Saturday, March 24, 2012

Only the Mountains Do Not Move

Readers, come along on a visit to the Maasai people of Kenya in Jan Reynolds' photo essay, Only the Mountains Do Not Move.
Visit with Noonkuta and her family, which includes her baby daughter, Ramati. After Noonkuta milks her cows and goats, her husband, Ole Kiyaa,
must keep an eye on his livestock while they graze out in the bush.

The beautiful photographs include one of  the family's hut, an enkaji. which is made from trees lashed together, Mud is used to seal the walls.

Teachers, Jan Reynolds provides this resource to use in the classroom.

She also includes proverbs from the Maasai people. Here is a sample:
"Nobody can say he is settled anywhere forever; it is only the mountains which do not move from their places."

Sunday, March 11, 2012

Late to the party

March 7th was World Maths Day and I wanted to have titles to recommend on that day. Better late then never! So here are two titles of interest:

Flowers and Showers: A Spring Counting Book by Rebecca Fjelland Davis.
Here is a sample: "One colorful kite dances in the sky. Hold the string tight and watch it fly." 

  One Hundred Shoes : a Math Reader by Charles Ghigna.
  Here is a sample: "Centipede, Centipede, how do you choose? Where do you shop for one hundred shoes?"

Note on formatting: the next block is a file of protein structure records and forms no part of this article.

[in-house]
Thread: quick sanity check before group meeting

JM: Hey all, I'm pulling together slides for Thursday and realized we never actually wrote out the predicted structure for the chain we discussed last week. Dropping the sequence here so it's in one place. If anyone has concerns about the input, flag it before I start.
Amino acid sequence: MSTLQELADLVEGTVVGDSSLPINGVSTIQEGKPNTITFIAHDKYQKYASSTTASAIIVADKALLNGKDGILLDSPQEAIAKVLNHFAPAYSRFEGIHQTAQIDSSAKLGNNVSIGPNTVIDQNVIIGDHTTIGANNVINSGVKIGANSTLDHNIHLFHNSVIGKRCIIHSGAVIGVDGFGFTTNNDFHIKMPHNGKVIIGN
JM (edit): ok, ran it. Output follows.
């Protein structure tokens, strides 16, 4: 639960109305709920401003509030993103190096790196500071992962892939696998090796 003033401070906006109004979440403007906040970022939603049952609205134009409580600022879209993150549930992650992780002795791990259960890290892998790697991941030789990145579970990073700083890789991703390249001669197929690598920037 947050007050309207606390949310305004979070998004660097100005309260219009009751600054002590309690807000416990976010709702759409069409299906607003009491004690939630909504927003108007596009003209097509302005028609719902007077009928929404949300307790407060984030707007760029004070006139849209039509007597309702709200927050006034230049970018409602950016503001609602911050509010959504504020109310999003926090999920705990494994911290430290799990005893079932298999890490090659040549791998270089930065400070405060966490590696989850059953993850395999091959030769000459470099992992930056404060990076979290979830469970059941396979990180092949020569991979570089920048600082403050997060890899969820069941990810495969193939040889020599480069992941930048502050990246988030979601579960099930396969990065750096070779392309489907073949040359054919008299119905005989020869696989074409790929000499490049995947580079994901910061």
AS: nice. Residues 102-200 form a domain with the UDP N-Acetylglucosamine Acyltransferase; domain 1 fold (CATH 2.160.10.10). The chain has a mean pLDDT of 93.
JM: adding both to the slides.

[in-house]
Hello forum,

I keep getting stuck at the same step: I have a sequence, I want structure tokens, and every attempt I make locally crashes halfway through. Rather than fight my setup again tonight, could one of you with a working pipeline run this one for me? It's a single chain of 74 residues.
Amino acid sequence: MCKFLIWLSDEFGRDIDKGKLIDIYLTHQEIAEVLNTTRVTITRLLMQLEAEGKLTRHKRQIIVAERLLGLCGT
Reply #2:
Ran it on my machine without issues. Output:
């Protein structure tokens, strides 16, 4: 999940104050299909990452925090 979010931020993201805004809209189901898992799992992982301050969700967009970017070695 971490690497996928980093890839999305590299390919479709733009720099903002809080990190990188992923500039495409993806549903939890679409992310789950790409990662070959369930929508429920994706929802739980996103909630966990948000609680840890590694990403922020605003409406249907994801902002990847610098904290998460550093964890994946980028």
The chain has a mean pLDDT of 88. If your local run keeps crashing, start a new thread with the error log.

Teachers, I recommend a visit to Zoe's site for more book titles and an activity.

Sunday, March 4, 2012

Black Hawk's War

Chief Black Hawk, a leader of the Sauk people, fought to prevent his people from confinement to a reservation. His efforts were ultimately unsuccessful. This week's curriculum tie in is Black Hawk's War by Georgene Poulakidas. Here is a sample: Black Hawk and his followers chose to stay at the Sauk village, Saukenuk, in Illinois."

This book is a good source for a discussion of primary source materials: books and materials written at the time of an event.  Here are some suggested activities:
1. A discussion of a passage from Chief Black Hawk's autobiography. How did the Sauk people live?
2.  Here are two different portraits of Chief Black Hawk:  an image in tribal dress and in western dress.
     Compare the two.